pre-eclampsia raises the blood pressure
Importance of Risk Management
Several pregnancy complications are identifiable by blood pressure changes. You should report any change in your regular pressure reading to your doctor. High blood pressure is often the first sign of pre-eclampsia, which if left untreated, is extremely dangerous to the mother and the baby. Also known as pregnancy-induced hypertension, pre-eclampsia raises the blood pressure, produces protein in the urine, and causes vision changes. The usual treatment is the prompt delivery of the baby.
Once the baby is born, symptoms usually stop immediately. Otherwise, the symptoms progress to seizures, heart failure, and possibly death. Patients may miss the warning signs if they have their blood pressure checked only at monthly doctor visits. Daily blood pressure monitoring at home could save your life. It is also important to recognize the occurrence of low blood pressure.
Low readings are common during most pregnancies. Your body focuses on supplying the baby with everything it needs. This redirection of blood and nutrients can leave the mother feeling faint, however. Pregnancy hormones cause blood vessels to dilate, contributing to low blood pressure.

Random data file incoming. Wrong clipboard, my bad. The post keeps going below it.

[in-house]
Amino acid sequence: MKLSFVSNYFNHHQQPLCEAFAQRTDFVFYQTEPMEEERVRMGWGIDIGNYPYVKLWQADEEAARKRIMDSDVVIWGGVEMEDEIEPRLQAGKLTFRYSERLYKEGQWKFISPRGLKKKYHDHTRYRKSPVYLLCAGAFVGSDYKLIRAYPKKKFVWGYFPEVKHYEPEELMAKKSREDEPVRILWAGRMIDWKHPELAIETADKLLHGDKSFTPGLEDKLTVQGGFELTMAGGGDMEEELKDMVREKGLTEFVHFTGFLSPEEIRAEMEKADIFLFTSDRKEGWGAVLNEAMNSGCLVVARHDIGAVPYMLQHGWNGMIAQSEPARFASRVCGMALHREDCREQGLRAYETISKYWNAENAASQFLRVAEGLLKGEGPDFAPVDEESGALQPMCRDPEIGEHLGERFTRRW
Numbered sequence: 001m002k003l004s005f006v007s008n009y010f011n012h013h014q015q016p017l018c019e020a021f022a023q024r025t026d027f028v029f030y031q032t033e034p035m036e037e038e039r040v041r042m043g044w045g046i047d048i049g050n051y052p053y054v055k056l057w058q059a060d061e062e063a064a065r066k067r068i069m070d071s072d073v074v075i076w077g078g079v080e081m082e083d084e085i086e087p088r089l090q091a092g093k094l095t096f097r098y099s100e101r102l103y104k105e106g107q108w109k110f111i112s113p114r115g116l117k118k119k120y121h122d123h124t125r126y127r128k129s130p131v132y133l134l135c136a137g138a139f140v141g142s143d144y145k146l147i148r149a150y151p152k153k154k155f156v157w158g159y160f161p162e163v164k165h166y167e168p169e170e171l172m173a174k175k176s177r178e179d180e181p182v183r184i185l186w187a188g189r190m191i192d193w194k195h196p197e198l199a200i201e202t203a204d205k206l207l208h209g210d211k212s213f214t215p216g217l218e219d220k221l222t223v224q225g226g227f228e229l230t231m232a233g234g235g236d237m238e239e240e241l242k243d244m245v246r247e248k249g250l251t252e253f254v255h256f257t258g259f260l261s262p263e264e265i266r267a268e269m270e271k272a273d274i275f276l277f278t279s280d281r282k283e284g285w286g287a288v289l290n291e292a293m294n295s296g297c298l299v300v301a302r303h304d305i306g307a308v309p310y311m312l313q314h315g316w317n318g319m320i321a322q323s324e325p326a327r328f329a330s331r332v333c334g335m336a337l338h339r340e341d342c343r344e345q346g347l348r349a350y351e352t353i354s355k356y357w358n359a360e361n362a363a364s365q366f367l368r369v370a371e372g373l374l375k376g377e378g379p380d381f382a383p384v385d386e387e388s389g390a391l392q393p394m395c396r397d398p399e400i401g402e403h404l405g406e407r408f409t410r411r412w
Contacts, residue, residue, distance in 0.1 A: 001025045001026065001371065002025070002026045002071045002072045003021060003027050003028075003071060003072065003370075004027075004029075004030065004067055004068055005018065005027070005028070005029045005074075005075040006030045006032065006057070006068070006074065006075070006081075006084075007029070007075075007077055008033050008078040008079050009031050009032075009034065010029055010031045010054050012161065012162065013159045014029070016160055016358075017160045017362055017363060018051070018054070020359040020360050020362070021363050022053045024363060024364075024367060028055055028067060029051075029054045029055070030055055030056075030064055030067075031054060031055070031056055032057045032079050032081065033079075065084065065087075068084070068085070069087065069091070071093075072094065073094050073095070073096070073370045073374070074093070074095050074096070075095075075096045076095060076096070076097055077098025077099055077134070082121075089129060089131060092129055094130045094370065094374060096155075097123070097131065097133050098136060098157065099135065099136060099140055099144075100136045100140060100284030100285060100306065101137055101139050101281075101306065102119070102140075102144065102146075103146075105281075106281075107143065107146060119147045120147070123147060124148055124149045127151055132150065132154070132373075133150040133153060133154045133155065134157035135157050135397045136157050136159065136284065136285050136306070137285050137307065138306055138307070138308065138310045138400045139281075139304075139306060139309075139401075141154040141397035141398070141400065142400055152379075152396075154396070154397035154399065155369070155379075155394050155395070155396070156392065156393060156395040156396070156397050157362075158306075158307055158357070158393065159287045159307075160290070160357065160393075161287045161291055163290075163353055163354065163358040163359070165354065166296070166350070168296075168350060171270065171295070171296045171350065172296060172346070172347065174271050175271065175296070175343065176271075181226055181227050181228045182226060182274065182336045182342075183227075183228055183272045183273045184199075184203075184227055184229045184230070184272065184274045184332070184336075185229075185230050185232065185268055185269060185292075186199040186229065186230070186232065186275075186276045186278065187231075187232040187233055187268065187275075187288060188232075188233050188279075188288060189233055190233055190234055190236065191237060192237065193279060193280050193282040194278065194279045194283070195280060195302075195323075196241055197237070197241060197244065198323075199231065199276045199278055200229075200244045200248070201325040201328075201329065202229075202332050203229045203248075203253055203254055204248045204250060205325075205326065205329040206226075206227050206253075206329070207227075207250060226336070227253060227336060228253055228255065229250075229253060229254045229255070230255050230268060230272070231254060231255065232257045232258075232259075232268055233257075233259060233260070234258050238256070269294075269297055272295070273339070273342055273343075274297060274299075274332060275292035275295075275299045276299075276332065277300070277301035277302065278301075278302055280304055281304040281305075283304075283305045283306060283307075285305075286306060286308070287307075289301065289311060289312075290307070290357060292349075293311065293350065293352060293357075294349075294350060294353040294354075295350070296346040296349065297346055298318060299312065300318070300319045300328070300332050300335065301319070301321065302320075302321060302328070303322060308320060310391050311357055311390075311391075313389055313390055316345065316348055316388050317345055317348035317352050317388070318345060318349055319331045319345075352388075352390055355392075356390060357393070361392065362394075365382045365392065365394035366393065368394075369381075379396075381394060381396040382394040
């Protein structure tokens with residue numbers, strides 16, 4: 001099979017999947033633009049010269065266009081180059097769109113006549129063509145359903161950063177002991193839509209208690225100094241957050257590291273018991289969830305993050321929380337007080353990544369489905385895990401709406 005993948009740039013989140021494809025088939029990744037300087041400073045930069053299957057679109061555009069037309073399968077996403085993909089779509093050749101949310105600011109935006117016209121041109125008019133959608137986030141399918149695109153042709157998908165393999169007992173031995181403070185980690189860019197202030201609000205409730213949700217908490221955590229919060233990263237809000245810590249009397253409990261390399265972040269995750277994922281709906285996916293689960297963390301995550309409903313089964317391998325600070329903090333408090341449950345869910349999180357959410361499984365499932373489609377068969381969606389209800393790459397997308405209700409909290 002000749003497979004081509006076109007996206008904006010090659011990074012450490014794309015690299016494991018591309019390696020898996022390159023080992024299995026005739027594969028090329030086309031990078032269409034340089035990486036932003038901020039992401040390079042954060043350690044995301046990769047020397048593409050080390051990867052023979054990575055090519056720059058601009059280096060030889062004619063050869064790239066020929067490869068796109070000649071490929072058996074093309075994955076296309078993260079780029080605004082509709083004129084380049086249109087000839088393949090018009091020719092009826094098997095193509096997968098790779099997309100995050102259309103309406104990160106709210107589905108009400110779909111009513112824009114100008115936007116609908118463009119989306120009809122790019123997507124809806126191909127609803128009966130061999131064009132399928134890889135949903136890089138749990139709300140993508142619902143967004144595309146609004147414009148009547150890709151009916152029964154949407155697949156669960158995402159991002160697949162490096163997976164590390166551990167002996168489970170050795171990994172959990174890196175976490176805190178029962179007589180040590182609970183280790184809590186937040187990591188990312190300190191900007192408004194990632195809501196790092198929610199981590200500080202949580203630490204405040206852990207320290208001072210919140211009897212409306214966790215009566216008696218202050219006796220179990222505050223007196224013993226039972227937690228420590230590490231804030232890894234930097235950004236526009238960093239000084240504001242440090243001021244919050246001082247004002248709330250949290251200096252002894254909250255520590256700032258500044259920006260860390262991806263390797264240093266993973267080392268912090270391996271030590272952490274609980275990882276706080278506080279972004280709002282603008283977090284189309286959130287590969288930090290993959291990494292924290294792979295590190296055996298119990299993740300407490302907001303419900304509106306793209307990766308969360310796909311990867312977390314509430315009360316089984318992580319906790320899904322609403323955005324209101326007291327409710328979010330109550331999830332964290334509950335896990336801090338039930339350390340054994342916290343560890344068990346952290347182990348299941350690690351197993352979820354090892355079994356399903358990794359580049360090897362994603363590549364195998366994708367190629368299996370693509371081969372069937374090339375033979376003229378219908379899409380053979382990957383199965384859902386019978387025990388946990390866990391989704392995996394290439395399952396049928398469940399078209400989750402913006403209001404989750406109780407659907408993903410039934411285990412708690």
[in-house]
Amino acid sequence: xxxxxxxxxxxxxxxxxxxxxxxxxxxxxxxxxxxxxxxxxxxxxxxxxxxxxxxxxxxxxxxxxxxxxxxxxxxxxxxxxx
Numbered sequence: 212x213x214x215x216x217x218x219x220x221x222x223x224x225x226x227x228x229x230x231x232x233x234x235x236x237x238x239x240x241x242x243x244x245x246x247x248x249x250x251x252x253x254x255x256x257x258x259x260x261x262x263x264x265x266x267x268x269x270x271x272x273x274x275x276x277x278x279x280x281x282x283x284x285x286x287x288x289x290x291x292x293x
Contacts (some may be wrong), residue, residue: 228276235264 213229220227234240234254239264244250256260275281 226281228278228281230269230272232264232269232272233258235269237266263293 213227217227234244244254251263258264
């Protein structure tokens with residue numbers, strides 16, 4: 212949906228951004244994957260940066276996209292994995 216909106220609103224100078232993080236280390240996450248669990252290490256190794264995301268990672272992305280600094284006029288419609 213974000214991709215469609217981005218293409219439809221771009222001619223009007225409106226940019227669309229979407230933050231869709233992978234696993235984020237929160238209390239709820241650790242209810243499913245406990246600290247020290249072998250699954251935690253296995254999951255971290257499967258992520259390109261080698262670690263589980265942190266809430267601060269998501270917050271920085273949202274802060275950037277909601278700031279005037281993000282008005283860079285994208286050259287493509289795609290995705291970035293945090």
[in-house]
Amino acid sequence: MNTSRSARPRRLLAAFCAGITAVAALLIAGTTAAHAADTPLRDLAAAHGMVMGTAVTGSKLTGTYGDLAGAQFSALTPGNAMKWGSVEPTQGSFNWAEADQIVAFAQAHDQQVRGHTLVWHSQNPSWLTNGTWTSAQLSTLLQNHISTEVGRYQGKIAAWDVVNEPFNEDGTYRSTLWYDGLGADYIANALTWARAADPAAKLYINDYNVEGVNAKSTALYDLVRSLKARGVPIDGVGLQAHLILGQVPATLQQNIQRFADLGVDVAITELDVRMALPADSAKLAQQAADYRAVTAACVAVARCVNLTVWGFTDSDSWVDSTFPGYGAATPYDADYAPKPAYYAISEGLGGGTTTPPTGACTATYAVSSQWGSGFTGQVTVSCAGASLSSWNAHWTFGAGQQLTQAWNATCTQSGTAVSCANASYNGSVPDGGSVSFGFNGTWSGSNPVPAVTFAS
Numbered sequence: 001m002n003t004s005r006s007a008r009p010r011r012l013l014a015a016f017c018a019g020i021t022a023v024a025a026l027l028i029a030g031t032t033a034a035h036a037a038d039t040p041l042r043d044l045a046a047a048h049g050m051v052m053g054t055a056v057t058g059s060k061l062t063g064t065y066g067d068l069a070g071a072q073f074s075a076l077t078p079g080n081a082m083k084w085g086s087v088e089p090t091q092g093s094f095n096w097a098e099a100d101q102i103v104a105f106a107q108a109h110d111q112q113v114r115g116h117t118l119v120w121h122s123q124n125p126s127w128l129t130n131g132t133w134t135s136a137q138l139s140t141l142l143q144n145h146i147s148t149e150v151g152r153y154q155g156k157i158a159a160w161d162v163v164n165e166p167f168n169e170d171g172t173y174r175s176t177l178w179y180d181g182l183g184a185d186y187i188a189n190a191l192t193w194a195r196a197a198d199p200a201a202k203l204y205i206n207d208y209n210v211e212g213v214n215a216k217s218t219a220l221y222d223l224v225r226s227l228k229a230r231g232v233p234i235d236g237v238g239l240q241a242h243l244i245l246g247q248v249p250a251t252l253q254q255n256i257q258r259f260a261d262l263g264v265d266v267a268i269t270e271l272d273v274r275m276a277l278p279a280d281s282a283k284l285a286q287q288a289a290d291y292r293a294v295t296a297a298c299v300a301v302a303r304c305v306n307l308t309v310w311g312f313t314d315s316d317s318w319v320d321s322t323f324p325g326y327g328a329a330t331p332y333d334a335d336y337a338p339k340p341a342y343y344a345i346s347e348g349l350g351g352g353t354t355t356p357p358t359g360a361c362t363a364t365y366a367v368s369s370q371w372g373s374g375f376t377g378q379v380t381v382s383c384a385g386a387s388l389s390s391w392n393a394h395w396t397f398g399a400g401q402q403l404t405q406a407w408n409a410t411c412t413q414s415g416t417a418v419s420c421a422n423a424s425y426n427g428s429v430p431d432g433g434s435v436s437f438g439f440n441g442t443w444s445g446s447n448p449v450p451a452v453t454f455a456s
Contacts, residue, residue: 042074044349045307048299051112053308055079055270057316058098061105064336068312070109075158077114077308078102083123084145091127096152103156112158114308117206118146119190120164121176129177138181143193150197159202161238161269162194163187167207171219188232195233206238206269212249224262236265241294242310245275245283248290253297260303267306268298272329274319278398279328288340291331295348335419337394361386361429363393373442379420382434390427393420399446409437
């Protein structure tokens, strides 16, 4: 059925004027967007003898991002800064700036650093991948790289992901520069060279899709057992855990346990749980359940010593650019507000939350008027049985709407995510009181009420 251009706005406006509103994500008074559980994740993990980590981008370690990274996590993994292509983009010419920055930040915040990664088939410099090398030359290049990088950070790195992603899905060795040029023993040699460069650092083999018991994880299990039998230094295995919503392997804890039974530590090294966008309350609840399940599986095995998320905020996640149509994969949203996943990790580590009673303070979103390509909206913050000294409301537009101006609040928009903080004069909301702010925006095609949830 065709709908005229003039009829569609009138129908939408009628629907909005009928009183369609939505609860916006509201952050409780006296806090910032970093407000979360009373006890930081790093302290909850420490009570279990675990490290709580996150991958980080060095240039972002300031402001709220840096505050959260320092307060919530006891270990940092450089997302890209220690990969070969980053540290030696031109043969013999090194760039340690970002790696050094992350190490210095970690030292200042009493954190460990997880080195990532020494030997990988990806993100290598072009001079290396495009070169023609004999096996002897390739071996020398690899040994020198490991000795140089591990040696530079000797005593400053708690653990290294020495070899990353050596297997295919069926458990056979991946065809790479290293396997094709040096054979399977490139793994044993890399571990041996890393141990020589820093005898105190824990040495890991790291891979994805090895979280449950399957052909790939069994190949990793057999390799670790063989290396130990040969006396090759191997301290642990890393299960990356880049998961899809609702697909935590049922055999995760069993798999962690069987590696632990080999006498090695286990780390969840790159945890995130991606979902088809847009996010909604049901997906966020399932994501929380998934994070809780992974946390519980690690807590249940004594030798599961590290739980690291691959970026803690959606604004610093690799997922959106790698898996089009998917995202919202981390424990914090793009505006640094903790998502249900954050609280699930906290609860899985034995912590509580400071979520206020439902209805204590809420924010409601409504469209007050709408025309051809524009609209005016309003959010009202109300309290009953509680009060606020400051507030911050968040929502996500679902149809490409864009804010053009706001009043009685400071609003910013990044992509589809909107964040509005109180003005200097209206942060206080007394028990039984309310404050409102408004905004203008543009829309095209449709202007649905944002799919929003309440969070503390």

When you notice low blood pressure during a daily home check, you can take action. Doctors often recommend standing slowly, sitting down when dizzy, and lying on your left side to assist circulation. When you are aware of the situation, you can avoid falls and take care of yourself properly. Sepsis and blood loss also result in low blood pressure. These are serious complications that require emergency treatment. Sepsis can occur after a C-section or other surgical procedures. You should check your blood pressure at home after delivery by cesarean. Bleeding is normal after pregnancy. However, excessive bleeding may cause blood pressure to drop. It can be beneficial to monitor your blood pressure long after the pregnancy and birth.